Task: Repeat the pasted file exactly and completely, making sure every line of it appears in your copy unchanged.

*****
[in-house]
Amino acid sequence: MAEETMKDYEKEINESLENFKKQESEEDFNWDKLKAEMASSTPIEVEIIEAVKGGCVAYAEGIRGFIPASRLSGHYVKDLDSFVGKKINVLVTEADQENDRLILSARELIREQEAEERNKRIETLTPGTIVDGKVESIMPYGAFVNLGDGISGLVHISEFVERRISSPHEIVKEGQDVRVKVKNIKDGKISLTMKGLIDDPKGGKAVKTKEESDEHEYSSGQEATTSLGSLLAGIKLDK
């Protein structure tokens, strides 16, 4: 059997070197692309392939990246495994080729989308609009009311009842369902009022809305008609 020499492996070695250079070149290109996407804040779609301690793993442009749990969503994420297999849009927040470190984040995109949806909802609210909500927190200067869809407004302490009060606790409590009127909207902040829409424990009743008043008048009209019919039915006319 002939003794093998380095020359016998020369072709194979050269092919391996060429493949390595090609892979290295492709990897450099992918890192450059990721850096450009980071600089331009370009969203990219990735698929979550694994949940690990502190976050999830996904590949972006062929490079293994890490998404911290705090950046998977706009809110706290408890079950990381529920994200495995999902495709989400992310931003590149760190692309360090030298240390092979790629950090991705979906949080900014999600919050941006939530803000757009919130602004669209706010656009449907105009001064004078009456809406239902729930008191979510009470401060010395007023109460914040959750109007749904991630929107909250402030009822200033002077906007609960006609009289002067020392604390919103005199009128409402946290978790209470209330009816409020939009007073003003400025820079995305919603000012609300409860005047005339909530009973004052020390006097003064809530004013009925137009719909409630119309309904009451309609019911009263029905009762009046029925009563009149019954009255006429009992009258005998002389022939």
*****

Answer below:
[in-house]
Amino acid sequence: MAEETMKDYEKEINESLENFKKQESEEDFNWDKLKAEMASSTPIEVEIIEAVKGGCVAYAEGIRGFIPASRLSGHYVKDLDSFVGKKINVLVTEADQENDRLILSARELIREQEAEERNKRIETLTPGTIVDGKVESIMPYGAFVNLGDGISGLVHISEFVERRISSPHEIVKEGQDVRVKVKNIKDGKISLTMKGLIDDPKGGKAVKTKEESDEHEYSSGQEATTSLGSLLAGIKLDK
């Protein structure tokens, strides 16, 4: 059997070197692309392939990246495994080729989308609009009311009842369902009022809305008609 020499492996070695250079070149290109996407804040779609301690793993442009749990969503994420297999849009927040470190984040995109949806909802609210909500927190200067869809407004302490009060606790409590009127909207902040829409424990009743008043008048009209019919039915006319 002939003794093998380095020359016998020369072709194979050269092919391996060429493949390595090609892979290295492709990897450099992918890192450059990721850096450009980071600089331009370009969203990219990735698929979550694994949940690990502190976050999830996904590949972006062929490079293994890490998404911290705090950046998977706009809110706290408890079950990381529920994200495995999902495709989400992310931003590149760190692309360090030298240390092979790629950090991705979906949080900014999600919050941006939530803000757009919130602004669209706010656009449907105009001064004078009456809406239902729930008191979510009470401060010395007023109460914040959750109007749904991630929107909250402030009822200033002077906007609960006609009289002067020392604390919103005199009128409402946290978790209470209330009816409020939009007073003003400025820079995305919603000012609300409860005047005339909530009973004052020390006097003064809530004013009925137009719909409630119309309904009451309609019911009263029905009762009046029925009563009149019954009255006429009992009258005998002389022939």